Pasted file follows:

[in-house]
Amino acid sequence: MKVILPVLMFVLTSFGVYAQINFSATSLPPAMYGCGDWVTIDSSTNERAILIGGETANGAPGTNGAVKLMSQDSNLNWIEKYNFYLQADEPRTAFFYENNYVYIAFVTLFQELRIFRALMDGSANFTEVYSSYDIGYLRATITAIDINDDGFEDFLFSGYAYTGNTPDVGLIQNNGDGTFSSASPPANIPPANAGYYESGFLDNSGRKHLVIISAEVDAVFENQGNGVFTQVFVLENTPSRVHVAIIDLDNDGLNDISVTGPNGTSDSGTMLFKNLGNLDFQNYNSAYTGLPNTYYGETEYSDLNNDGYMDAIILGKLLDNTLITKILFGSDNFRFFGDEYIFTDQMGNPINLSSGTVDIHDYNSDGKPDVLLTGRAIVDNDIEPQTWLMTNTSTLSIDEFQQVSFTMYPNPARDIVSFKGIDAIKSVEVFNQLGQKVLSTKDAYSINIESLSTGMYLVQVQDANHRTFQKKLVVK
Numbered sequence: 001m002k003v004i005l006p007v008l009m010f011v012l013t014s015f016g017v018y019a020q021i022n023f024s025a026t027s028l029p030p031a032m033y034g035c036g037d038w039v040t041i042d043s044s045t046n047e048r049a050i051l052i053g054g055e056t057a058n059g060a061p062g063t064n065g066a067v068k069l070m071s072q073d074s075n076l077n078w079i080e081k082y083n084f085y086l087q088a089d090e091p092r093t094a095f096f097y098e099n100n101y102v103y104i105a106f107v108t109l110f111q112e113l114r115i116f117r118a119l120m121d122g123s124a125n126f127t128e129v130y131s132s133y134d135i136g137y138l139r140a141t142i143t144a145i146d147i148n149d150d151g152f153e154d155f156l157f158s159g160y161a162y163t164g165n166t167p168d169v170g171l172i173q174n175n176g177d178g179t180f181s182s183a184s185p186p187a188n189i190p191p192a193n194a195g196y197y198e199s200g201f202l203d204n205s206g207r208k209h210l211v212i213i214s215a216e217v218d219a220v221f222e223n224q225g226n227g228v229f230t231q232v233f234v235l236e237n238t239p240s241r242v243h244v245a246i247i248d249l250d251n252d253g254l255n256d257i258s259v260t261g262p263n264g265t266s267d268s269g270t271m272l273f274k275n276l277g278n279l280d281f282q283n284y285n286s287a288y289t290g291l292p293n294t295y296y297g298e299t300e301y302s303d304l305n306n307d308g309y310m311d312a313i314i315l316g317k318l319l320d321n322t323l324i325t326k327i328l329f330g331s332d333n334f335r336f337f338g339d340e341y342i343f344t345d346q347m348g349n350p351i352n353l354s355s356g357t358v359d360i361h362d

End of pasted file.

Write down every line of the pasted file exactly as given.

[in-house]
Amino acid sequence: MKVILPVLMFVLTSFGVYAQINFSATSLPPAMYGCGDWVTIDSSTNERAILIGGETANGAPGTNGAVKLMSQDSNLNWIEKYNFYLQADEPRTAFFYENNYVYIAFVTLFQELRIFRALMDGSANFTEVYSSYDIGYLRATITAIDINDDGFEDFLFSGYAYTGNTPDVGLIQNNGDGTFSSASPPANIPPANAGYYESGFLDNSGRKHLVIISAEVDAVFENQGNGVFTQVFVLENTPSRVHVAIIDLDNDGLNDISVTGPNGTSDSGTMLFKNLGNLDFQNYNSAYTGLPNTYYGETEYSDLNNDGYMDAIILGKLLDNTLITKILFGSDNFRFFGDEYIFTDQMGNPINLSSGTVDIHDYNSDGKPDVLLTGRAIVDNDIEPQTWLMTNTSTLSIDEFQQVSFTMYPNPARDIVSFKGIDAIKSVEVFNQLGQKVLSTKDAYSINIESLSTGMYLVQVQDANHRTFQKKLVVK
Numbered sequence: 001m002k003v004i005l006p007v008l009m010f011v012l013t014s015f016g017v018y019a020q021i022n023f024s025a026t027s028l029p030p031a032m033y034g035c036g037d038w039v040t041i042d043s044s045t046n047e048r049a050i051l052i053g054g055e056t057a058n059g060a061p062g063t064n065g066a067v068k069l070m071s072q073d074s075n076l077n078w079i080e081k082y083n084f085y086l087q088a089d090e091p092r093t094a095f096f097y098e099n100n101y102v103y104i105a106f107v108t109l110f111q112e113l114r115i116f117r118a119l120m121d122g123s124a125n126f127t128e129v130y131s132s133y134d135i136g137y138l139r140a141t142i143t144a145i146d147i148n149d150d151g152f153e154d155f156l157f158s159g160y161a162y163t164g165n166t167p168d169v170g171l172i173q174n175n176g177d178g179t180f181s182s183a184s185p186p187a188n189i190p191p192a193n194a195g196y197y198e199s200g201f202l203d204n205s206g207r208k209h210l211v212i213i214s215a216e217v218d219a220v221f222e223n224q225g226n227g228v229f230t231q232v233f234v235l236e237n238t239p240s241r242v243h244v245a246i247i248d249l250d251n252d253g254l255n256d257i258s259v260t261g262p263n264g265t266s267d268s269g270t271m272l273f274k275n276l277g278n279l280d281f282q283n284y285n286s287a288y289t290g291l292p293n294t295y296y297g298e299t300e301y302s303d304l305n306n307d308g309y310m311d312a313i314i315l316g317k318l319l320d321n322t323l324i325t326k327i328l329f330g331s332d333n334f335r336f337f338g339d340e341y342i343f344t345d346q347m348g349n350p351i352n353l354s355s356g357t358v359d360i361h362d